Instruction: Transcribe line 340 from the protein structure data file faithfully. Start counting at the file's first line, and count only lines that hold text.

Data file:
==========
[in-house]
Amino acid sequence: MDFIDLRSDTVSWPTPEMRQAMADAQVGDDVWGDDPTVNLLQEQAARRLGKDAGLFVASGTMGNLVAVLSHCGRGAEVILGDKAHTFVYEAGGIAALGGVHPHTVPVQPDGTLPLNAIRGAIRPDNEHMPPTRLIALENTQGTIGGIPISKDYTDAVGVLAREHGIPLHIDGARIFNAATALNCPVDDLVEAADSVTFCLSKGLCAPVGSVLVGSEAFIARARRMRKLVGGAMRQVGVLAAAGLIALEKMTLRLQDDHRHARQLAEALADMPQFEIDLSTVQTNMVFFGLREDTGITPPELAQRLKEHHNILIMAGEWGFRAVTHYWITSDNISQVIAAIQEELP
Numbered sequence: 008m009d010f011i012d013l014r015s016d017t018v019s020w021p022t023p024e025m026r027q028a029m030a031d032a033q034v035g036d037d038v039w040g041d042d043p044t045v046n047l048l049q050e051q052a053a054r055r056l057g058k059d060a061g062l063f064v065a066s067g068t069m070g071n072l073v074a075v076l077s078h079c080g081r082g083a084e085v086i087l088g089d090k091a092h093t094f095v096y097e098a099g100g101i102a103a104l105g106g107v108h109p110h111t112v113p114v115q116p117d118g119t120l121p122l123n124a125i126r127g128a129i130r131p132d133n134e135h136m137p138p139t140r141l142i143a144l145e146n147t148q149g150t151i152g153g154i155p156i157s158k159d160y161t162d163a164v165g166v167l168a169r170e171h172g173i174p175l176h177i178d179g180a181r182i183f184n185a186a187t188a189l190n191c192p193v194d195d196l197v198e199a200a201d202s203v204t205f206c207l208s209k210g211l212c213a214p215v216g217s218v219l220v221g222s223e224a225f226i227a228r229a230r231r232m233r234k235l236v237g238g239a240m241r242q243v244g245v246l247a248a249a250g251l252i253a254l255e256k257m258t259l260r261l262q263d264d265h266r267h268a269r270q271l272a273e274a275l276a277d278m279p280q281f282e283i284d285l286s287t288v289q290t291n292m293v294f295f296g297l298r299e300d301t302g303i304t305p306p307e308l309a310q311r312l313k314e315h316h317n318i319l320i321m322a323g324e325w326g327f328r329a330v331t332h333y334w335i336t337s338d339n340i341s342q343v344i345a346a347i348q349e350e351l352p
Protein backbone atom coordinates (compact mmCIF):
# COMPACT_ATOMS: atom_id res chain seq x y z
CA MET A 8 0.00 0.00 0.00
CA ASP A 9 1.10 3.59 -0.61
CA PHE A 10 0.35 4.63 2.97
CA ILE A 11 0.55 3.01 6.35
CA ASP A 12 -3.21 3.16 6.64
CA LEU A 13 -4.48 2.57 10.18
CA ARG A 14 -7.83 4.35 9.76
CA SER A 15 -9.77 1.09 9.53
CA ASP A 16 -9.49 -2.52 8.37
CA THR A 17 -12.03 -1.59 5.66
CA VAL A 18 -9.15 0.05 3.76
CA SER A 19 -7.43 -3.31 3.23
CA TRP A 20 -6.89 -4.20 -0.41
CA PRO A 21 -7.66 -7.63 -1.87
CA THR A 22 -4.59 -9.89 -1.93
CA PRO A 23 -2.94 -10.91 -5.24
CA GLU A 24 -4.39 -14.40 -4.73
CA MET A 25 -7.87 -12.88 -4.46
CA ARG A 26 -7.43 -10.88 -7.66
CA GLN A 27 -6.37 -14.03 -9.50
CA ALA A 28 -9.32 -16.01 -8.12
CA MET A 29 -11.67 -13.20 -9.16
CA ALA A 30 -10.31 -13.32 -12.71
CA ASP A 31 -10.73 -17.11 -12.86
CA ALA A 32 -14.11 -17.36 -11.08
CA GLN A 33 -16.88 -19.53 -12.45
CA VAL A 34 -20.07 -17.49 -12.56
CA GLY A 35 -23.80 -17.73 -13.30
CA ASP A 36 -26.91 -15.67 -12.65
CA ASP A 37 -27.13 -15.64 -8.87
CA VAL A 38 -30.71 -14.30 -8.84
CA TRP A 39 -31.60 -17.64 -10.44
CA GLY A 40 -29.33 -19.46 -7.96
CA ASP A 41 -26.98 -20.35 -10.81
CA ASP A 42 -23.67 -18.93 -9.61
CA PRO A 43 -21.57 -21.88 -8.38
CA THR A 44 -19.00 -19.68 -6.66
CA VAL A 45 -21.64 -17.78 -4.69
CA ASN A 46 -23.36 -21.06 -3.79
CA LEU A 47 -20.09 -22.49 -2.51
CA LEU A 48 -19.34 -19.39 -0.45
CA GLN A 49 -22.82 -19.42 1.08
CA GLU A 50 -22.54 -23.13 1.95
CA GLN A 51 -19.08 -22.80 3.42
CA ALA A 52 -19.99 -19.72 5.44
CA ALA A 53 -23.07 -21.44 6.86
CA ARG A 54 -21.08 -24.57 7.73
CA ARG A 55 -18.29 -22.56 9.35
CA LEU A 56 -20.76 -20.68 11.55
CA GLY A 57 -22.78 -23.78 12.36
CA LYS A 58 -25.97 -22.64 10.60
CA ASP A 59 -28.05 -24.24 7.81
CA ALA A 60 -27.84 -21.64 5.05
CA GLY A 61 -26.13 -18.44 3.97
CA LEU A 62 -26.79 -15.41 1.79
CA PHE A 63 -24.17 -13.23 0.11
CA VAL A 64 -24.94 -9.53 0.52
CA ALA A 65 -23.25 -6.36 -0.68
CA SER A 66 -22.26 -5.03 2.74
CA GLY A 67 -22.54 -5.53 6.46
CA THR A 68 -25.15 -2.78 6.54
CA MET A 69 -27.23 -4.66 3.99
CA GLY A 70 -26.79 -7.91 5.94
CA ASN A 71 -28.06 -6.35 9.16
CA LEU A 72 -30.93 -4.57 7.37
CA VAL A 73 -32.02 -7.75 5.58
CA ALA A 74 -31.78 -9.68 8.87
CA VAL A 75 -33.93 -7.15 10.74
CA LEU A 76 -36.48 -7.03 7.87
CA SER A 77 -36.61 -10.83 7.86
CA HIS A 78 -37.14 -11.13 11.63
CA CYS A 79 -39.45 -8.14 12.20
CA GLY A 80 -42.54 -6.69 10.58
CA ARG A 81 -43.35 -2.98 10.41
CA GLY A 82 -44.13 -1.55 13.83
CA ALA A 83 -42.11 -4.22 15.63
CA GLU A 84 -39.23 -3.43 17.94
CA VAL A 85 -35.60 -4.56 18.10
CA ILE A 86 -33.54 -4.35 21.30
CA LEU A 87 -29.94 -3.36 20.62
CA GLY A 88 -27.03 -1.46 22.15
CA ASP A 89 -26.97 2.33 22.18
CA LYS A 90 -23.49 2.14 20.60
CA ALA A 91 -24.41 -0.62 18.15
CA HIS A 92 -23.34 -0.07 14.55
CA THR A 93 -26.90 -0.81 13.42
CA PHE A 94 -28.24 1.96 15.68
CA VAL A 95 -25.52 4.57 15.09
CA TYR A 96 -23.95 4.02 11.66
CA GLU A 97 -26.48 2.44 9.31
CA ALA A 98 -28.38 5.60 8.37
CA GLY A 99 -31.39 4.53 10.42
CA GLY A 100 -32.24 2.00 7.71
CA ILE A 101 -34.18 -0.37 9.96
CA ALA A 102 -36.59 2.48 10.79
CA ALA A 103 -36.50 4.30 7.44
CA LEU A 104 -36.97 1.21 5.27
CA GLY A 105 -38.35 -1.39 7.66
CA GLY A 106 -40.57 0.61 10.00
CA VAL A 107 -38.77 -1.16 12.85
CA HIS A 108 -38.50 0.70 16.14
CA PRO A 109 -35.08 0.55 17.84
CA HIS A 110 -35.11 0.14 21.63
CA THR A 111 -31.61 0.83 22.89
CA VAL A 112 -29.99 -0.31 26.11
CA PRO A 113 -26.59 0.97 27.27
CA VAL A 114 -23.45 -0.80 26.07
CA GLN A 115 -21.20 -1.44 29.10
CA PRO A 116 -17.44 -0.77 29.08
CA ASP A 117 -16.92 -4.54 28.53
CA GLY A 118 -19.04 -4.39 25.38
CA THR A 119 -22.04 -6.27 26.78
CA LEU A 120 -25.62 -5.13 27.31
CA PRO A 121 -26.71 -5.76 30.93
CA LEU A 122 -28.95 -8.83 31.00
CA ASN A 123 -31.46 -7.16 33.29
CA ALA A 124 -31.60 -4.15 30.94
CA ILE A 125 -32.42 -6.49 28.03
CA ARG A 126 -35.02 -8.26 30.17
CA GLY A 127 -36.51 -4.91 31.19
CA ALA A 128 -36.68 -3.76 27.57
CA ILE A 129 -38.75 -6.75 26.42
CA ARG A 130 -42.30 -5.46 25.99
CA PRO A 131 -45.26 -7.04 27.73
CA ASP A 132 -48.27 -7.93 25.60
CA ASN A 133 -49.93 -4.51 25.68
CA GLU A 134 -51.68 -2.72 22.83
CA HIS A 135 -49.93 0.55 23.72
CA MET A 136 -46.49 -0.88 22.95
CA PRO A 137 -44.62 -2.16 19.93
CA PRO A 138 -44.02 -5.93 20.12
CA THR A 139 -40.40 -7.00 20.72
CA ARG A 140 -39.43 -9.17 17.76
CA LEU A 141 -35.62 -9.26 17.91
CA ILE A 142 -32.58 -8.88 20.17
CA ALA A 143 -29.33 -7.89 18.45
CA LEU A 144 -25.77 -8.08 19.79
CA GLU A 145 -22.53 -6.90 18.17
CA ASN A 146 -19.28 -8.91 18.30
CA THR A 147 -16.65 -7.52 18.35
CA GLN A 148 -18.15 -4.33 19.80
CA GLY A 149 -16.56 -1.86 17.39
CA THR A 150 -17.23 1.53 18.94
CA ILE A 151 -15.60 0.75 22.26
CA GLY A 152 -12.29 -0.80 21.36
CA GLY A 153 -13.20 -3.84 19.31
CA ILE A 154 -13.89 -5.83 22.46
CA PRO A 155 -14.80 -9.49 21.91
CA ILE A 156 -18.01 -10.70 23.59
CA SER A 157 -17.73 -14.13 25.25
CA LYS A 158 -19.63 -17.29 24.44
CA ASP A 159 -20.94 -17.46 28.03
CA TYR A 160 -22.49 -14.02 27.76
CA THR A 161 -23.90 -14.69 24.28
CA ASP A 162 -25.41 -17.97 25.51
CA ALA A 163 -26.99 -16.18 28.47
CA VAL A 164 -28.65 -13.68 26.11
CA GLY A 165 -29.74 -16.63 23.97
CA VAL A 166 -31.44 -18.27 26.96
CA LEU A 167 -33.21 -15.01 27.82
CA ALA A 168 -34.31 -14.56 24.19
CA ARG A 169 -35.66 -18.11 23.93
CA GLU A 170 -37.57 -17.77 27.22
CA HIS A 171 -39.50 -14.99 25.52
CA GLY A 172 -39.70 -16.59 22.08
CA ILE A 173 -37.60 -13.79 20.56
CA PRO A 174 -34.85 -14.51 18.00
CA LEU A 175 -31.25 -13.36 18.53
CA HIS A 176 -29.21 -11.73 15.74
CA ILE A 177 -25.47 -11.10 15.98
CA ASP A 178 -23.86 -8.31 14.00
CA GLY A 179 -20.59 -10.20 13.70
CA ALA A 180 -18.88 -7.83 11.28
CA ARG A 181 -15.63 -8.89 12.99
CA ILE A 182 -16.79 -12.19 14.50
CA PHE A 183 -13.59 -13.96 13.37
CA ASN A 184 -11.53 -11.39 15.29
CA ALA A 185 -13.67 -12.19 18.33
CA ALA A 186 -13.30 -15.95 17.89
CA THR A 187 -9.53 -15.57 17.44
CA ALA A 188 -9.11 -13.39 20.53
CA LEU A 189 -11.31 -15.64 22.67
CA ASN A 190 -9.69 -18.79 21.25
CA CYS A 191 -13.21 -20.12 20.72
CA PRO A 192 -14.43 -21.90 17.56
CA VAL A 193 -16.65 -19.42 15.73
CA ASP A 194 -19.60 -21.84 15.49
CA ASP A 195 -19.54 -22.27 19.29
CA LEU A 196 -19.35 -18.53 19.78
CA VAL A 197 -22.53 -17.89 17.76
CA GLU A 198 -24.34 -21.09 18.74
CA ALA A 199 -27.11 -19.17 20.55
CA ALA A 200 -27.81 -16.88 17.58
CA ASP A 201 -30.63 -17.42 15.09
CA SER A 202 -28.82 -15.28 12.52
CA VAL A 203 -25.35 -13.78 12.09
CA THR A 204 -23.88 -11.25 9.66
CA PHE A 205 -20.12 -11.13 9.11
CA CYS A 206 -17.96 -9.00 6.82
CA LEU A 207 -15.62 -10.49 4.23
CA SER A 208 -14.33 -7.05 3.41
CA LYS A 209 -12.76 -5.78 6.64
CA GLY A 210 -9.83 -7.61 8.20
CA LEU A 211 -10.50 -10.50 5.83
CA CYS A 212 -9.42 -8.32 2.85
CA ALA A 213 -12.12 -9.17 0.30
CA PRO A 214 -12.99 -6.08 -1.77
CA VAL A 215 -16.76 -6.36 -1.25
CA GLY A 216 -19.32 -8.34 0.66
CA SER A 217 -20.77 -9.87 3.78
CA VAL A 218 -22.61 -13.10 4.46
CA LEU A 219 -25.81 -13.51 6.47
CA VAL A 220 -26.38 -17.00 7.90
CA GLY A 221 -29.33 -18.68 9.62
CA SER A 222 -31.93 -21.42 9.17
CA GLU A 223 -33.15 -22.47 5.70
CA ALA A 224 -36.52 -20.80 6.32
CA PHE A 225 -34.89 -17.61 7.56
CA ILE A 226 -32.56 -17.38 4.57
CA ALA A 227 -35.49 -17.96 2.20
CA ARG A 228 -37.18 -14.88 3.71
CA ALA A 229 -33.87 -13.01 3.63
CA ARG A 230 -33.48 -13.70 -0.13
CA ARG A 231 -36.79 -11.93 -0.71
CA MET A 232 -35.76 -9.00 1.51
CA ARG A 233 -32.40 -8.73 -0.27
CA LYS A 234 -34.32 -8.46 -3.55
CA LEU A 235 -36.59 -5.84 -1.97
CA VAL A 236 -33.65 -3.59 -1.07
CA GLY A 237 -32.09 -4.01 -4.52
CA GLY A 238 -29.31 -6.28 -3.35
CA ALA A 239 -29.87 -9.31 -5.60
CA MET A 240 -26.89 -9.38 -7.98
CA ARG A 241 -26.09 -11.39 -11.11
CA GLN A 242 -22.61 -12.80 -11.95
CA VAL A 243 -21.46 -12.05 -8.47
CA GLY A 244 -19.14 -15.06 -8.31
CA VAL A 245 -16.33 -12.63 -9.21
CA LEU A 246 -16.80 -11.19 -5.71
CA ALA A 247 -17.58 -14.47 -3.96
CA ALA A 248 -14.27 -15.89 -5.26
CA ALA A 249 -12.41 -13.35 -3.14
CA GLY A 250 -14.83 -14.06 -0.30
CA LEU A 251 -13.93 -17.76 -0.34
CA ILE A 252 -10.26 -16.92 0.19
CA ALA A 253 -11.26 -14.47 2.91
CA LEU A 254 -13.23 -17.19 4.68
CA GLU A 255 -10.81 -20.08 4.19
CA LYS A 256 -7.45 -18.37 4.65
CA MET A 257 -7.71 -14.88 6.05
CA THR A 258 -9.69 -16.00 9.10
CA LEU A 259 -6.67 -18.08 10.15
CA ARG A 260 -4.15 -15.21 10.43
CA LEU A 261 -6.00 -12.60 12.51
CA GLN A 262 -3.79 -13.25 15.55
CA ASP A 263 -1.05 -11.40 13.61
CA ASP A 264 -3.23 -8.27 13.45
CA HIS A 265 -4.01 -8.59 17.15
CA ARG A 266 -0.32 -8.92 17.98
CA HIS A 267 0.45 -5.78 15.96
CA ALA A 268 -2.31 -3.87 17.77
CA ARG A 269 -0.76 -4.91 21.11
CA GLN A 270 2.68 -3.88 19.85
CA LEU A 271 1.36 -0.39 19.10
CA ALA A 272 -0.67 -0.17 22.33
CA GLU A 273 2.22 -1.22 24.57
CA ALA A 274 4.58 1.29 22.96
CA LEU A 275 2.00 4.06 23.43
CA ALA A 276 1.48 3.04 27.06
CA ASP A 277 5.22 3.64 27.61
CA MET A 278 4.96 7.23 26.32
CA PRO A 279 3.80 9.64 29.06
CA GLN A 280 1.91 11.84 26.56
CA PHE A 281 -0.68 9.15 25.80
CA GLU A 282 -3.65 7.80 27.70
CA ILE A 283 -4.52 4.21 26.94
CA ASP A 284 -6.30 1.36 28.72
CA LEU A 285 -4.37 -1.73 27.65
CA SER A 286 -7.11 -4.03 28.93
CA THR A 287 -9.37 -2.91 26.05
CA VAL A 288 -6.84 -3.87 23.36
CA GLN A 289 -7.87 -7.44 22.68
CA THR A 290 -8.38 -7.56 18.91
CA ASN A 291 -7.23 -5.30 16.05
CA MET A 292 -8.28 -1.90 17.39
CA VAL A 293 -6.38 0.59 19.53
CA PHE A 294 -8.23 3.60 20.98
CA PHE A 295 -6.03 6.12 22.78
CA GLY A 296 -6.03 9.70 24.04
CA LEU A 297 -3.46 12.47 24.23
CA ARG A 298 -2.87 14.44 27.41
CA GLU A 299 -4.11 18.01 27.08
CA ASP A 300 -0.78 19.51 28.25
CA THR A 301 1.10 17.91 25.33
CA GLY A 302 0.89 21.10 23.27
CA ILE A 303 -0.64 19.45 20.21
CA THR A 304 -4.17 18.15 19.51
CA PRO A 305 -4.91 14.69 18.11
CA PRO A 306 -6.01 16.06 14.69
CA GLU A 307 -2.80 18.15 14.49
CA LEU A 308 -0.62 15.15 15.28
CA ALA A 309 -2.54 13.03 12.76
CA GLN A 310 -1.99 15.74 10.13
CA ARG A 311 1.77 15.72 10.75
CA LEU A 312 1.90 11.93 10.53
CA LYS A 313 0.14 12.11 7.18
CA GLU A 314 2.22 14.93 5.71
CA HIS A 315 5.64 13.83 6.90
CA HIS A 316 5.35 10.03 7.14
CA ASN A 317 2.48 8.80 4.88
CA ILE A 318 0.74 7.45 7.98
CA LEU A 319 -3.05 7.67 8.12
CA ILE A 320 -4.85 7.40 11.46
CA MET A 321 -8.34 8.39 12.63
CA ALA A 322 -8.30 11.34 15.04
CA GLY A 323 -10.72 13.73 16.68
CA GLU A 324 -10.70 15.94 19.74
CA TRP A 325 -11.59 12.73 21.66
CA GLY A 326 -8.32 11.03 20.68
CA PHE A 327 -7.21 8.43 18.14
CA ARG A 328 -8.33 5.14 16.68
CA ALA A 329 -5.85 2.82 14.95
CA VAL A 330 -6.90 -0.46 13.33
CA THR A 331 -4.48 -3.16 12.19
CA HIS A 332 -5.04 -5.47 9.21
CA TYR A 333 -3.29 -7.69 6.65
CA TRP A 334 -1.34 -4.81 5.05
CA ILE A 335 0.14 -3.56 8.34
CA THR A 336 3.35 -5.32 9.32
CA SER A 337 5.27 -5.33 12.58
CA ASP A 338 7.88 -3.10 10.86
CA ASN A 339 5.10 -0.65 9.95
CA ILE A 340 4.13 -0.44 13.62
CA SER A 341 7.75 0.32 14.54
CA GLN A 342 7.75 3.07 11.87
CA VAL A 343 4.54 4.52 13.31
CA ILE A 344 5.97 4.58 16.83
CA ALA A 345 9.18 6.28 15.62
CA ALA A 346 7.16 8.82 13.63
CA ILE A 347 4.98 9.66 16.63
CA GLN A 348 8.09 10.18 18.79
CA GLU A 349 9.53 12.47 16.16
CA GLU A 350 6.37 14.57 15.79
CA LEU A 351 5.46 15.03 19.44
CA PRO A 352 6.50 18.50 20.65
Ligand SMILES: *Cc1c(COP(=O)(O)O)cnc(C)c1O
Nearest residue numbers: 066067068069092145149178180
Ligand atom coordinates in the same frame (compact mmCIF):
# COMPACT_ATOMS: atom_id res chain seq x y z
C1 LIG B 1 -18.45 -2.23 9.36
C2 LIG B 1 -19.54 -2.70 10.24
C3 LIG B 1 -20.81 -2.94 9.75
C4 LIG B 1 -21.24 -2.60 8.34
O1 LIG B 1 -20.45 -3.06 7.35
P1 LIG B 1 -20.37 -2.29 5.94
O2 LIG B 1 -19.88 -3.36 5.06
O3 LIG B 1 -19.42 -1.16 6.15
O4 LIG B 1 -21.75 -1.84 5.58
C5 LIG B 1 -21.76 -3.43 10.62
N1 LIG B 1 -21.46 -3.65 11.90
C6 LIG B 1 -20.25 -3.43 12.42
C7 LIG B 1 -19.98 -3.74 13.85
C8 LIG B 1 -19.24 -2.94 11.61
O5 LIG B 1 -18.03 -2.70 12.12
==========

CA GLN A 342 7.75 3.07 11.87